I'm feeling a bit vulnerable showing everyone my very basic renderings that I use at the onset of a project. Especially since we were in a rush, but this is the actual process that I take my clients through. Non-fully developed renderings and all! 

In the next video, I will cover working through the layout of the 3rd bedroom addition. 

New video series! How I Use SketchUp to Design and Plan an Entire House Remodel

Hi Designers!

I have some fun and exciting news. One of my local clients in nearby Morro Bay California has agreed to let me film and record her remodel for the purposes of showing all of you how I use SketchUp throughout the entire remodel process, from measuring to completion*. It’s a great 2 bedroom 2 bathroom house, right near the ocean with big windows and so much potential! They will be adding on a bedroom and possibly a bathroom. It’s a bonus that she and her family are simply awesome clients and have such great taste.

The first video is posted to my YouTube channel. Check it out here! In this video, I give a short tour of the house and explain how I do an on-site measure. For more information on how I do an on-site measure and an opportunity to ask questions about it, tune in to the live training session on Monday April 10th at 10:30 am PST.

The next video in this series will deal with schematic design and presenting to the clients. I’m really looking forward to sharing this with everyone to give a real-world example of how useful and powerful SketchUp can be in an interior designers workflow.

*While I will show a lot of SketchUp tools throughout the videos, this series is not meant to be an in-depth tutorial on how to use each SketchUp tool. The main purpose of this series is to show my SketchUp drawings progress throughout the project.

LayOut Template Paper Sizes Explained

When starting a new document in SketchUp Layout, you have the option to choose a template in specific paper sizes. They are listed (Letter, A4, ArchD etc.), but don't include the specific dimensions of the paper sizes in inches or millimeters (you can still find them under Document Set Up). So below is a spreadsheet of the Template Paper Sizes in inches and millimeters for your reference.

Layout Paper Sizes

to a client. (My client will also be able to print these files easily). However for larger projects I like either 11 x 17 or 24 x 36, which I then send to a local printer.

Once you have added your logo and business information to a template, you can save that into the templates section. This will help you from having to repeat these steps at the onset of every project.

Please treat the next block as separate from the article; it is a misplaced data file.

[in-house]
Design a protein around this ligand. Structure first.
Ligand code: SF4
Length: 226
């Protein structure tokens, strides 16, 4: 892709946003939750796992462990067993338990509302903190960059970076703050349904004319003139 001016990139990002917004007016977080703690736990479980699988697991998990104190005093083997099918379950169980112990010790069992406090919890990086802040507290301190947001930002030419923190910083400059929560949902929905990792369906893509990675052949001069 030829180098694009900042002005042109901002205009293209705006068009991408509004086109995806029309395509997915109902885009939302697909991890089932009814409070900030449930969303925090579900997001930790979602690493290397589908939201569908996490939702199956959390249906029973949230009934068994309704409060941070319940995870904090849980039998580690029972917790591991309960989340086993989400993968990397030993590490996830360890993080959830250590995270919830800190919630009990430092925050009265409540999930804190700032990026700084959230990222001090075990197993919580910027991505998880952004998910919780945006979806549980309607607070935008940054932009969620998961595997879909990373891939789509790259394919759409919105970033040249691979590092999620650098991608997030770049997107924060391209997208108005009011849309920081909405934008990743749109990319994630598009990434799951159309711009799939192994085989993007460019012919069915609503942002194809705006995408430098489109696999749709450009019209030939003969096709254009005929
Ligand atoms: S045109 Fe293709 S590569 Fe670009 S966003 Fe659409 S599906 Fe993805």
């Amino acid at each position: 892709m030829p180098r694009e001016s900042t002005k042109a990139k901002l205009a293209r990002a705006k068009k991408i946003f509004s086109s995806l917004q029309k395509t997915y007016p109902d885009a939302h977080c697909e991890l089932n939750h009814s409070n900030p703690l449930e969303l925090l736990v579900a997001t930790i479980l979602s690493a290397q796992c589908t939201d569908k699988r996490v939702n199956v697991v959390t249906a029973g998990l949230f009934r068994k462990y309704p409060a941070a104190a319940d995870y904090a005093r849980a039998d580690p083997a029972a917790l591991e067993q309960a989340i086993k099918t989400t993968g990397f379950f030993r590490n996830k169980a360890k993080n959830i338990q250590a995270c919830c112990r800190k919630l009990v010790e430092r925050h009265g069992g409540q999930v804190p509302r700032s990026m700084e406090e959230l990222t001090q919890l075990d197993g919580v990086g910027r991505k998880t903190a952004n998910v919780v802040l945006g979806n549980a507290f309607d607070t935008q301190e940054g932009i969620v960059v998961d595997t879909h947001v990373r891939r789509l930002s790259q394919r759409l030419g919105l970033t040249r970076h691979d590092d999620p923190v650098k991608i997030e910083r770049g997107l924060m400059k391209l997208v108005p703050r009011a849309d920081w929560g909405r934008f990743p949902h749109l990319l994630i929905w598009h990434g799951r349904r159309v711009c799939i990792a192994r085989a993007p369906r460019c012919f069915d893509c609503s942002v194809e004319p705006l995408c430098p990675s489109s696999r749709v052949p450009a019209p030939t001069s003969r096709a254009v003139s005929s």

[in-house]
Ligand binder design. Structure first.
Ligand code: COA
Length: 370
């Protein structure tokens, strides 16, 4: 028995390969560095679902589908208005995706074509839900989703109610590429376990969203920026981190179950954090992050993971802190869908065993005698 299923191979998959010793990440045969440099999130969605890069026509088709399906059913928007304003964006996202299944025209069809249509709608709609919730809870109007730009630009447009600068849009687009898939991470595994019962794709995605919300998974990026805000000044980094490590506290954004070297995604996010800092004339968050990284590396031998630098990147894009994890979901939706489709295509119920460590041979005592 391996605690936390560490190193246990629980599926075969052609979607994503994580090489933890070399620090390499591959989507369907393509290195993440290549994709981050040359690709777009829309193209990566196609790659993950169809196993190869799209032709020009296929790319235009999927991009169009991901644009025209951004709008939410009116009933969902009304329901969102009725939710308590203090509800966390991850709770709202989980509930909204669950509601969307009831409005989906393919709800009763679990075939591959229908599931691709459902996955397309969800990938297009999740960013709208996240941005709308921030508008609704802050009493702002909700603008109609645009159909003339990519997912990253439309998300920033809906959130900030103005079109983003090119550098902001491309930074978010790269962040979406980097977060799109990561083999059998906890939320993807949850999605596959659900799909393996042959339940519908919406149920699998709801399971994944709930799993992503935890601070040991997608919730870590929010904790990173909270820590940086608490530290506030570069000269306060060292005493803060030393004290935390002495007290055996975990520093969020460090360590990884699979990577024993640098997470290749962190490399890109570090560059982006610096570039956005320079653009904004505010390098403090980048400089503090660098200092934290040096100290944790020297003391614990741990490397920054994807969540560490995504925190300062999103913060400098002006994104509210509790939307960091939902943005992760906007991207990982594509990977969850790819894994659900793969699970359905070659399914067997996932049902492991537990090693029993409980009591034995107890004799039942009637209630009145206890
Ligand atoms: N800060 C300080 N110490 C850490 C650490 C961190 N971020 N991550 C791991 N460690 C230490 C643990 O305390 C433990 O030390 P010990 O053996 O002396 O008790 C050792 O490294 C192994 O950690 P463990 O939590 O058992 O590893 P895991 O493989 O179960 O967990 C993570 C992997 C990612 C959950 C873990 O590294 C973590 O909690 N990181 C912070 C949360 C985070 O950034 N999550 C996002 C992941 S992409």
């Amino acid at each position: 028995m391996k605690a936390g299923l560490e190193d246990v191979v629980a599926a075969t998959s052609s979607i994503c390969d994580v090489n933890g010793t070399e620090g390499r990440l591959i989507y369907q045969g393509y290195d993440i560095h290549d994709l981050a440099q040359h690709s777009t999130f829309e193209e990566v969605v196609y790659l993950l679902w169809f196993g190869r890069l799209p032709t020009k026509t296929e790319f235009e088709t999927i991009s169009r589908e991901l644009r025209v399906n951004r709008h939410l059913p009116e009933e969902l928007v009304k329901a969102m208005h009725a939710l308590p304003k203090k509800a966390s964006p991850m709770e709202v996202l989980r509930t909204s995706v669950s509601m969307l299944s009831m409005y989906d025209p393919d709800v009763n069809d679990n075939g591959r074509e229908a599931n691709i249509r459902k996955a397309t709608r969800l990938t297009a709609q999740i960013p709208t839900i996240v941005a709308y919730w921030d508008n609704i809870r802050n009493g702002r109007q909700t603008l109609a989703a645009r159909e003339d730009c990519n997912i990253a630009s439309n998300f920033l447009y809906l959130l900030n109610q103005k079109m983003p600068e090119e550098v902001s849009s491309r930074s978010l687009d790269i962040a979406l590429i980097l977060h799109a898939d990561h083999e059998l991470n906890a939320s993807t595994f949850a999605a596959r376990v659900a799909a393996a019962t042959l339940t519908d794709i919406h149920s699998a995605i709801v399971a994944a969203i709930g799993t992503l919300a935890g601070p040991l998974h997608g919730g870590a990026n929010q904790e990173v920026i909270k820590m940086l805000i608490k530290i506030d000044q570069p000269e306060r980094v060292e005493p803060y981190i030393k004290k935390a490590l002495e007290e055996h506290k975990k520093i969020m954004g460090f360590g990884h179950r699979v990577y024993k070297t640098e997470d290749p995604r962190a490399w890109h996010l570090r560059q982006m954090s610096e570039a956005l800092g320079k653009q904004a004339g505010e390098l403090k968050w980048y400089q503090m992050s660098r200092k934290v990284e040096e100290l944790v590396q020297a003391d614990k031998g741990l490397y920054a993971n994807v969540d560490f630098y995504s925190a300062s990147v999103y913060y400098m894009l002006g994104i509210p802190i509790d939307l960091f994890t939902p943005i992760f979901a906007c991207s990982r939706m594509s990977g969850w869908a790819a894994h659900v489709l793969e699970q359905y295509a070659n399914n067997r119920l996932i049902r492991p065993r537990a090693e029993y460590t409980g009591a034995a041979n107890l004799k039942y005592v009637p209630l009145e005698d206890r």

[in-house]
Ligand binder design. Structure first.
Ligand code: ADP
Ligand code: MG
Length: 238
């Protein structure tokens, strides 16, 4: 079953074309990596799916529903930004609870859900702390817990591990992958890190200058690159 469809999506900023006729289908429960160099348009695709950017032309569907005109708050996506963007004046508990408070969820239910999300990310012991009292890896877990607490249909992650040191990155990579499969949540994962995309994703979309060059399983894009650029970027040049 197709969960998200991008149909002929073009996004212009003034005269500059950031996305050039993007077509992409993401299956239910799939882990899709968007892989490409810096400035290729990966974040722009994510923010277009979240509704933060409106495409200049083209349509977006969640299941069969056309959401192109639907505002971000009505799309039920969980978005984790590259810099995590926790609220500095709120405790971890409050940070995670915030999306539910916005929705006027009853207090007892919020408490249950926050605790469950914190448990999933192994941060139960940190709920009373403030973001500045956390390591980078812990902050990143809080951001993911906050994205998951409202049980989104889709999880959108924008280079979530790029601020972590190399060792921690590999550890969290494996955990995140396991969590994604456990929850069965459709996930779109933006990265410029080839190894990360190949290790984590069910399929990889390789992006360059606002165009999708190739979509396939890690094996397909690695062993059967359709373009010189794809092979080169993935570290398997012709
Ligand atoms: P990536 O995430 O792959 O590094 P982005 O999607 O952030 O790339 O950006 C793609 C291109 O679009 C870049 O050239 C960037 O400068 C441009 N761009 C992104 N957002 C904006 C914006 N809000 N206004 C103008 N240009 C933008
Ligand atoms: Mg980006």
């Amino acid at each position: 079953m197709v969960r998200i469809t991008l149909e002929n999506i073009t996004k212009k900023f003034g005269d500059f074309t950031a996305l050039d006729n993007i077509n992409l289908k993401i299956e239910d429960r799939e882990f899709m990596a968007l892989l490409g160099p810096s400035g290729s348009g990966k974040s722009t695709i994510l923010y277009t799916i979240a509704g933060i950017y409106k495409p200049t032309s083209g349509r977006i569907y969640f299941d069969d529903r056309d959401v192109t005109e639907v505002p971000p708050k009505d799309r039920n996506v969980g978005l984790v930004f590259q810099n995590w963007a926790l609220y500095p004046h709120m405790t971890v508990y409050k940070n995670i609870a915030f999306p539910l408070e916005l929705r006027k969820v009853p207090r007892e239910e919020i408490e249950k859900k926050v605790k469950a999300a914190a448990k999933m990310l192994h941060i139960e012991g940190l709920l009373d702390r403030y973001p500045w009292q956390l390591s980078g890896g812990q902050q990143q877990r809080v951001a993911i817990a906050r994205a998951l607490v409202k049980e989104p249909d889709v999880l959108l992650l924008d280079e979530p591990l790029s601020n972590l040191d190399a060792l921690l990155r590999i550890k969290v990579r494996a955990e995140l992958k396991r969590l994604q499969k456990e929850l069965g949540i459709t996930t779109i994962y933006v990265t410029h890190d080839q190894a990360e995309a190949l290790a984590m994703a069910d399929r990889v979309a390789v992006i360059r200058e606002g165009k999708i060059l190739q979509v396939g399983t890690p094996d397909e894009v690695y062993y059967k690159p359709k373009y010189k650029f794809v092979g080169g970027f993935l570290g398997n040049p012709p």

Now, when you start a new file in LayOut, it will give you the option to start with a template that you have already altered with your logo and information.

LayOut Paper Sizes

New Course! Lighting and Electrical Plan Template for SketchUp LayOut

Creating a lighting and electrical plan in SketchUp LayOut can be confusing. There are no built-in symbols to add to your drawings. With this template (geared towards residential projects), you can easily pull the lighting and electrical legend onto your drawing and create a plan quickly and easily. This course includes a template, and a few short videos on best practices for using the template. 


A few notes on the course:

  • This template will take away a few of the pain points with SketchUp Layout, mainly adding a lighting and electrical plan and/or a reflected ceiling plan to your construction documents.
  • SketchUp LayOut is required. This is available with SketchUp Pro, not Make (the free version). It will include templates from years 2014, 2015, 2016, and 2017.
  • This is not a course on drawing a lighting plan, but a course on using the provided template for your project, with an example.

Happy drawing! Please let me know if you have any questions.

Why I Chose SketchUp

Back in 2011 I was living in North Carolina with a strong desire to go back to school for interior design. I had two young babies at home, constantly needing me and a career in design felt out of reach. But one thing that I could do was learn SketchUp. With the help of tutorials I could even teach myself. Google owned it back them, and graciously offered the free version (now SketchUp Make), so I was up and running in no time. I made all the rookie mistakes, not grouping, putting items on different planes when I thought I was putting them on the same plane, etc. But my skills got better quickly. By Fall of 2012, after a cross country move to California (my motherland), I was back in school and using SketchUp regularly. Now, nearly 6 years later, I continue to learn new ways to improve my drawing and modeling with SketchUp. I am a huge fan of the Pro Version in conjunction with Layout.

When I present to a client I can easily show them my floor plan proposals, what that space would look like with a 3D model (a la Fixer Upper!) and then continue to refine the design with elevation drawings and detail drawings.

I’m excited to share what I have learned. From my YouTube tutorials, to my courses on workflow  and other intensives. Be sure to join the newsletter so you don’t miss a thing!

- Tammy